UPDATE 2 (15th January 19:32 BST): The website for Cryptsy has been taken offline.
Embattled digital currency exchange Cryptsy is now claiming that it is insolvent.
The exchange alleges in a newly released blog post that it was the target of a hack in July 2014, an incident that it said cost it approximately 13,000 BTC ($7.5m at the time) and approximately 300,000 LTC (then $2.08m).
Unless the funds are recovered or a buyer is able to cover the losses, the post continued, the site will be shut down and bankruptcy declared.
The acknowledgement of insolvency and the hack claims come after months of customer withdrawal delays, comparisons to the now-defunct Japanese bitcoin exchange Mt Gox, and the filing of a class action lawsuit against the exchange.
Cryptsy said that it has outstanding liabilities of approximately 10,000 BTC, or roughly $4.15m at press time. The site, which previously said that it would suspend trading and withdrawals indefinitely, has been taken offline as of press time.
Cryptsy said that did not disclose these losses at the time and continued operating, meeting its funding obligations with trade income.
The post reads:
Further claims pointed to the developer of an altcoin called Lucky7Coin as the person behind the attacks.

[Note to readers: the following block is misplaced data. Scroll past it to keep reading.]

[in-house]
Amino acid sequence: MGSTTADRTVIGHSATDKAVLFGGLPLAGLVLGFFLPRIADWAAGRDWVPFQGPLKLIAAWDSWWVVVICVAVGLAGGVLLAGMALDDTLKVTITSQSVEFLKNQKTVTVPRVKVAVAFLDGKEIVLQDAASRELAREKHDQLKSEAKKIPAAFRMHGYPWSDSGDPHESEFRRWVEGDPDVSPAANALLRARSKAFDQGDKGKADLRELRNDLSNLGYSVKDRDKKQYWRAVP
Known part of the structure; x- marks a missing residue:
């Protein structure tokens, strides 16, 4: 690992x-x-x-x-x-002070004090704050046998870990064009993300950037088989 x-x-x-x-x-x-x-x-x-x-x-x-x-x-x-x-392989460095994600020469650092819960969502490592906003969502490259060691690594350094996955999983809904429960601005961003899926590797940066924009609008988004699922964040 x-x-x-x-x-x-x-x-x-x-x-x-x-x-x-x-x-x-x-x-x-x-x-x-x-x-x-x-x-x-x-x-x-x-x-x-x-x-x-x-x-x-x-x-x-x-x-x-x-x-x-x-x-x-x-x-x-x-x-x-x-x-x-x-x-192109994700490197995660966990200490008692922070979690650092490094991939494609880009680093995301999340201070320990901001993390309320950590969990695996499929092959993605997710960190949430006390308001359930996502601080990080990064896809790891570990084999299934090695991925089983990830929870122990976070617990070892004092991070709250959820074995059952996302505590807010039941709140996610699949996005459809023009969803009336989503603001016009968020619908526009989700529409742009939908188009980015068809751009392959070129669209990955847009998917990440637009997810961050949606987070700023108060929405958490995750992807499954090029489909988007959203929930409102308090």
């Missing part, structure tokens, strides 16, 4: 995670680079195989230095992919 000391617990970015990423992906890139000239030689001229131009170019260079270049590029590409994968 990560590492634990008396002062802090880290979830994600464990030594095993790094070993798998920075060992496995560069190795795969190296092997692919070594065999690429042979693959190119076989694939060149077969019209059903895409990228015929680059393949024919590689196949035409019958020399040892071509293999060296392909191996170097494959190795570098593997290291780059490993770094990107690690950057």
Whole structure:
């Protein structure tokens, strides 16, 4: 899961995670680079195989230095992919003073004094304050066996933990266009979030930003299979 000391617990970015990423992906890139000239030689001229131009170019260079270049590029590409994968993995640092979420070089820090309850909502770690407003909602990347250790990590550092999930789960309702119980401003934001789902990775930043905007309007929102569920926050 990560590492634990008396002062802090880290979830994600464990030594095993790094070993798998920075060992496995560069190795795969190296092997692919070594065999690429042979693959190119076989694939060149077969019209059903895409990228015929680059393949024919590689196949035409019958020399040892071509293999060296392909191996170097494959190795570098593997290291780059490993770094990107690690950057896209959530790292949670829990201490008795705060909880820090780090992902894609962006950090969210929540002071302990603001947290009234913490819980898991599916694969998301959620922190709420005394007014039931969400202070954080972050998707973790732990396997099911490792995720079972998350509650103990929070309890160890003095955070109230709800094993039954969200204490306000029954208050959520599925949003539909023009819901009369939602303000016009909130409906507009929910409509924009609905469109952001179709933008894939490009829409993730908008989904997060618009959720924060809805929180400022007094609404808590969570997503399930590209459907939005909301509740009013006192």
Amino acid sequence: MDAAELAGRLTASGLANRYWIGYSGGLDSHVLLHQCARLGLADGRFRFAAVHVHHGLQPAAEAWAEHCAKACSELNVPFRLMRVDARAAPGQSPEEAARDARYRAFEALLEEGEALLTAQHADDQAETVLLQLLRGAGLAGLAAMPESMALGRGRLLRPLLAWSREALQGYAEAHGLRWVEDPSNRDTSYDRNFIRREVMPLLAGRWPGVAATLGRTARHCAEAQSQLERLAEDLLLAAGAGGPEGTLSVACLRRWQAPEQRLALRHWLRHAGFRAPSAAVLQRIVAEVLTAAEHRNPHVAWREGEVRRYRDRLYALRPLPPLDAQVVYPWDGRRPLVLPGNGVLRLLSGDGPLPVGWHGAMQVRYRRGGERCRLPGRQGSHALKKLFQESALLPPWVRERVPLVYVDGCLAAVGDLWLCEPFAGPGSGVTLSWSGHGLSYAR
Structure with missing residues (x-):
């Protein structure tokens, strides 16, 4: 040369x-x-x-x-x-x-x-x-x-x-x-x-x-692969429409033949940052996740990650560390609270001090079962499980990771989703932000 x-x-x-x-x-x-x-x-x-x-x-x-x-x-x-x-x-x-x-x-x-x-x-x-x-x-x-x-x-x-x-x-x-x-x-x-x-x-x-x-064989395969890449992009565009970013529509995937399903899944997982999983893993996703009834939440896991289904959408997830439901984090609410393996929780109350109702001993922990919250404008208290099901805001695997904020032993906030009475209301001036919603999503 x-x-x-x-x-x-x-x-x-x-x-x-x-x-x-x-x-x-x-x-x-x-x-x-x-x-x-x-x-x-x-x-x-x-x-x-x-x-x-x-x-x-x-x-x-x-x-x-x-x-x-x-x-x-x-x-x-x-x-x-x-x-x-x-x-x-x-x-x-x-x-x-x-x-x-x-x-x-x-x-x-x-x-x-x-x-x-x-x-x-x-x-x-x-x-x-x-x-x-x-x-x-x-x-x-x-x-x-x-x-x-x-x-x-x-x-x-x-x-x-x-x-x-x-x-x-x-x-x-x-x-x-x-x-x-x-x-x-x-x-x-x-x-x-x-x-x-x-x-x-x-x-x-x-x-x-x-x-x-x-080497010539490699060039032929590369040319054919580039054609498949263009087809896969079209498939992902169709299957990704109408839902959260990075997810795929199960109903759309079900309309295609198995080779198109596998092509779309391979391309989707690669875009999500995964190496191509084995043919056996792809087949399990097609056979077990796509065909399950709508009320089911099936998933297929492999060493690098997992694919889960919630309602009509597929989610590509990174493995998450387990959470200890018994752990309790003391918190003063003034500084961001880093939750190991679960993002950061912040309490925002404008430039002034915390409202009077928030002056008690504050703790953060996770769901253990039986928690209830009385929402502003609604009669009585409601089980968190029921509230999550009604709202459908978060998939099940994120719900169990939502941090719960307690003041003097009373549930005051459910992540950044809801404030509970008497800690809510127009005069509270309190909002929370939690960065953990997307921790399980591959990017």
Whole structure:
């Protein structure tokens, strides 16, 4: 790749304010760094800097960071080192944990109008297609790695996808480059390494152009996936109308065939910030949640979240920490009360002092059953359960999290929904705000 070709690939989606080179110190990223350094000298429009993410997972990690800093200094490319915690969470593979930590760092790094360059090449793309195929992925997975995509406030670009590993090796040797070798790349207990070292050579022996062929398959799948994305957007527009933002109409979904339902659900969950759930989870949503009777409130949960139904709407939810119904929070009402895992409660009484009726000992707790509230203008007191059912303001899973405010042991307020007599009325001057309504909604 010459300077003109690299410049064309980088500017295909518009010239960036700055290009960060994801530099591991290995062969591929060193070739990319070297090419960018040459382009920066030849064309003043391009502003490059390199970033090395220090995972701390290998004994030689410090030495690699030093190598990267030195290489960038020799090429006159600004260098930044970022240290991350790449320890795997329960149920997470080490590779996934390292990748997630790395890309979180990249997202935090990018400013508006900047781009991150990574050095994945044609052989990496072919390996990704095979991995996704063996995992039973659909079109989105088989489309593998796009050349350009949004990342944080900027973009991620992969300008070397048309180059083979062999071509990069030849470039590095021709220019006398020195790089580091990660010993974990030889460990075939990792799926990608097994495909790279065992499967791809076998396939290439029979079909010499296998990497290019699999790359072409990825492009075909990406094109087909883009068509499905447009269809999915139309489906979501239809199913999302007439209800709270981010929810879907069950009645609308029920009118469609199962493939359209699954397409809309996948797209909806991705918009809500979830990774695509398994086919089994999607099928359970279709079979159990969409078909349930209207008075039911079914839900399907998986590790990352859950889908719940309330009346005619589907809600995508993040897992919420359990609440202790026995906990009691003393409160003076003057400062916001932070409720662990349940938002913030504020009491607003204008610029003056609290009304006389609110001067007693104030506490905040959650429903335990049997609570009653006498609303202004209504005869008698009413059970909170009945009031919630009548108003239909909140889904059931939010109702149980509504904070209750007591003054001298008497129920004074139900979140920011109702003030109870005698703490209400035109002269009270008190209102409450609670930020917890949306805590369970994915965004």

Prior to today's post, Cryptsy had claimed technical problems as the source for the withdrawal problems, but the new revelations point to an extended period of insolvency. Cryptsy now says that its ability to make payouts from exchange profits deteriorated amid declining trading volumes.
The exchange said that it did not report the incident because it "didn’t want to cause panic", and claimed that recent efforts to contact the authorities, including the Federal Bureau of Investigation (FBI), were not immediately successful.
The post also claimed that the company had a prior relationship with former Secret Service Agent Shaun Bridges tied to "an unrelated matter". Bridges was sentenced to five years and eleven months in federal prison in December following his conviction on obstruction of justice and money laundering charges.
"It wasn’t until an article from Coin Fire came out that contained many false accusations that things began to crumble. The article basically caused a bank-run, and since we only had so much in reserves for those currencies problems began," the new post states.
Former Coin Fire editor Mike Johnson has said that he has been the target of death threats since the blog post was published.
CoinDesk will continue to follow this developing story.
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